The larger vestibule and greater distance between the outside and inner doors has also solved the problem of drafts near the main entrance in winter, something the residents had complained about. “The entrance is almost like a little solarium now,” says Mr. Coleman.
Also, these days instead of walking in single file, residents can enter the building side by side on new slip- resistant flooring, and as Mrs. Asselstine mentioned, the remodelled doors easily accommodate power wheelchairs.
The new doors were made possible with the support of the Maxville and District Lions Club and Glengarry Highland Mason’s Lodge No. 418, among other community groups, and is the first in a series of major renovations and modernizations planned for the Manor.
“No major renovations have been done here in 25 years so its time to upgrade,” says Mr. Coleman. “What’s needed next are upgrades to windows and roofs in some wings and a replacement for the facility’s aging forced hot water oilburning boiler.”
“We take a lot of pride in taking care of what we have and keeping it looking sharp,” says Mr. Coleman. “We have to make sure that when we do something it’s for the longterm, and in a case like this you have to fix things before anything happens— preventative maintenance essentially.” – Margaret Caldbick
Margaret Dalby- MacMillan plans to while away the winter blahs by painting herself silly.
That’s more of a direct quote than an artistic paraphrase.
The former art teacher, who lives in North Glengarry, plans to be at the Dalkeith library tomorrow and next Thursday as part of an informal art class.
“We’re not going to have labourious lessons,” she promised.
“It’s more like friendly advice and a social group.”
She held the first session on Jan. 12; it attracted at least two other local artists who spent the afternoon sketching and painting.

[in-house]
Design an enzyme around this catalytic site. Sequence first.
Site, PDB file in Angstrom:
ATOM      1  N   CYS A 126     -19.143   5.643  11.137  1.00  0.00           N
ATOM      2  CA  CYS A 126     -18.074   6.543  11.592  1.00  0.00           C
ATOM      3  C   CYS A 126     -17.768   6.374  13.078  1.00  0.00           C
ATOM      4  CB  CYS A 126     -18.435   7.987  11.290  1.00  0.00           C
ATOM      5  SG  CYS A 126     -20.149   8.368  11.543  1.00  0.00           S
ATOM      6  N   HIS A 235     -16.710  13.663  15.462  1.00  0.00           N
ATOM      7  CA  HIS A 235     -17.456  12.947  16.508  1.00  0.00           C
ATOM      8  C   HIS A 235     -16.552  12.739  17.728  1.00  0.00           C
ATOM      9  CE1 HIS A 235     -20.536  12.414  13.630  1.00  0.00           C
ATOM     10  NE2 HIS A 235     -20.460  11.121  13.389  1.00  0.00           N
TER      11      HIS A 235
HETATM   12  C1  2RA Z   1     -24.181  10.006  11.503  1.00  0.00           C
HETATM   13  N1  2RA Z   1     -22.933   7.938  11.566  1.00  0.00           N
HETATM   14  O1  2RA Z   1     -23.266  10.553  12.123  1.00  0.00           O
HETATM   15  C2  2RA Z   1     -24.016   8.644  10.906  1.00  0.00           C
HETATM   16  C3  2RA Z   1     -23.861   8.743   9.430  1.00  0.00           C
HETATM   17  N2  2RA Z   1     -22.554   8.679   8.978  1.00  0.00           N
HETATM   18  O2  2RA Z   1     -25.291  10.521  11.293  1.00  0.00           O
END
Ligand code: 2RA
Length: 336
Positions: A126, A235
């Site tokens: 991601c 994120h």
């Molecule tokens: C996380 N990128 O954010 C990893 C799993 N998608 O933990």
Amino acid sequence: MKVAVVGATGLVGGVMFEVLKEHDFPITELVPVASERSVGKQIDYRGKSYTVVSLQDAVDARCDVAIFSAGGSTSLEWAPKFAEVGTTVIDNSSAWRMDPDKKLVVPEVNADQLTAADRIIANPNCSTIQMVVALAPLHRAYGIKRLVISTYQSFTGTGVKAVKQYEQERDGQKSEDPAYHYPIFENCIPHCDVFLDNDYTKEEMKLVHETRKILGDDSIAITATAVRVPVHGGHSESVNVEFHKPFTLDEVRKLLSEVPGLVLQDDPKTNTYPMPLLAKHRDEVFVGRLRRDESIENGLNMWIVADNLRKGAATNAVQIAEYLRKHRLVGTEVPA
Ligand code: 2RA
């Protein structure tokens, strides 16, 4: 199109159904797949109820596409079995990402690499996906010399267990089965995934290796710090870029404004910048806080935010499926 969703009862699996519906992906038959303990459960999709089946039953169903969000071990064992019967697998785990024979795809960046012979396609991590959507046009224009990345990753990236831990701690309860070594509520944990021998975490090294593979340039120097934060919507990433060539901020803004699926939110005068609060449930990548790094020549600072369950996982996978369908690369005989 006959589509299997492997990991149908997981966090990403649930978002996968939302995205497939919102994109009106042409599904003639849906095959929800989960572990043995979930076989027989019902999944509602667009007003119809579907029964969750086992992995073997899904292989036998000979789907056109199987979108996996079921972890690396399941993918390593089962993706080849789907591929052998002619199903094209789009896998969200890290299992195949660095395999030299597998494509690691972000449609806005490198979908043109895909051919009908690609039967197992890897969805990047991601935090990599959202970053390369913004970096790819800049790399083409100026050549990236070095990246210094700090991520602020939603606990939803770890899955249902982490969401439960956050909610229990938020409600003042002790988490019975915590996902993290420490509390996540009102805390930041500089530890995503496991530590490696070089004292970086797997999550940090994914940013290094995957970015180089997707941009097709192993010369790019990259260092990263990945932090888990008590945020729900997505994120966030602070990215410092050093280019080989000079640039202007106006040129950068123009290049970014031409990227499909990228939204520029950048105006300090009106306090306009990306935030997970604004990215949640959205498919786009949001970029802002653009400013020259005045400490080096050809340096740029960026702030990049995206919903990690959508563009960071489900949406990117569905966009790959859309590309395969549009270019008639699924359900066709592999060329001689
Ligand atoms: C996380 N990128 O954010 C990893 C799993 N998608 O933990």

Ms. Dalby-MacMillan stresses that you don’t have to be an accomplished artist to attend. Even if you’ve never painted before, she has enough material on hand to help any aspiring artist get started on a potential masterpiece.
After the three-week session has expired, she’ll see if there’s enough interest to keep the group going. She hopes there is as she believes there’s a lot of untapped talent in Glengarry.
In the spring, Ms. Dalby MacMillan hopes to hang some of the art on the wall, host a wine and cheese event, and invite the public in to see what the artists have done.
The art club meets from 1-4 p.m.
Speaking of Dalkeith, the Dalkeith Historical Society is hosting a Robbie Burns celebration Saturday, January 21 at the Robertson Clark Building.
At 10:30 a.m. “The great onekilometre haggis/kilt run, walk, crawl” takes place. Participants are to wear kilts and bring along a “wild haggis.”
At 11: 15 a. m. “The great indoor haggis throw” will take place.
At noon, a tribute to the haggis will take place. The Gaelic singers, under the direction of Julia Danskin, will entertain throughout the day.
Admission is a donation at the door.
Organizers promise “lots of traditional Glengarry Scottish food and drink!” PIPING SCHOOL: Ryan Ross, Pipe Major with the Glengarry Pipe Band and senior piping instructor at the Glengarry School of Piping and Drumming, leads a chanter class on Saturday for members of the school’s newly-fledged Glengarry community novice junior pipe band. From left are, Bethany McDonell, 15, from Williamstown, Colin Keith-Hill, 15, from Cornwall, Fiona Grant, 12, from Casselman, and Nathan Stewart, 14, from Ingleside. The new band currently consists of 12 members including a contingent of drummers who were taking a class down the hall with the school’s head drumming instructor, Jim Bush. The Glengarry School of Piping and Drumming is located in Maxville Public School and every Saturday morning the school transforms into a pipe band version of Fame, with scores of pipe band obsessed students with their chanters and bagpipes, snare and tenor and bass drums, filing into classrooms for their weekly classes. In the main hallway on Saturday, waiting parents socialized to the echoing timbre of the Grade 5 band piping corps that was practicing in the school's auditorium. To learn more about the Glengarry School of Piping and Drumming, visit www.gspd.ca
SILENT NIGHT: Tish Humphries of the Silent Night Project is flanked by Linda Roy and Bill Bresee of the Lancaster Legion on Thursday. The Legion has donated $2,200 to the project, which purchases chairbeds for the Cornwall Community Hospital. The Legion’s donation enabled the project to buy one bed. Each costs $2,200.
INFORMAL CLASS: Retired art teacher Margaret DalbyMacMillan is overseeing informal art classes at the Dalkeith Library tomorrow and next Thursday.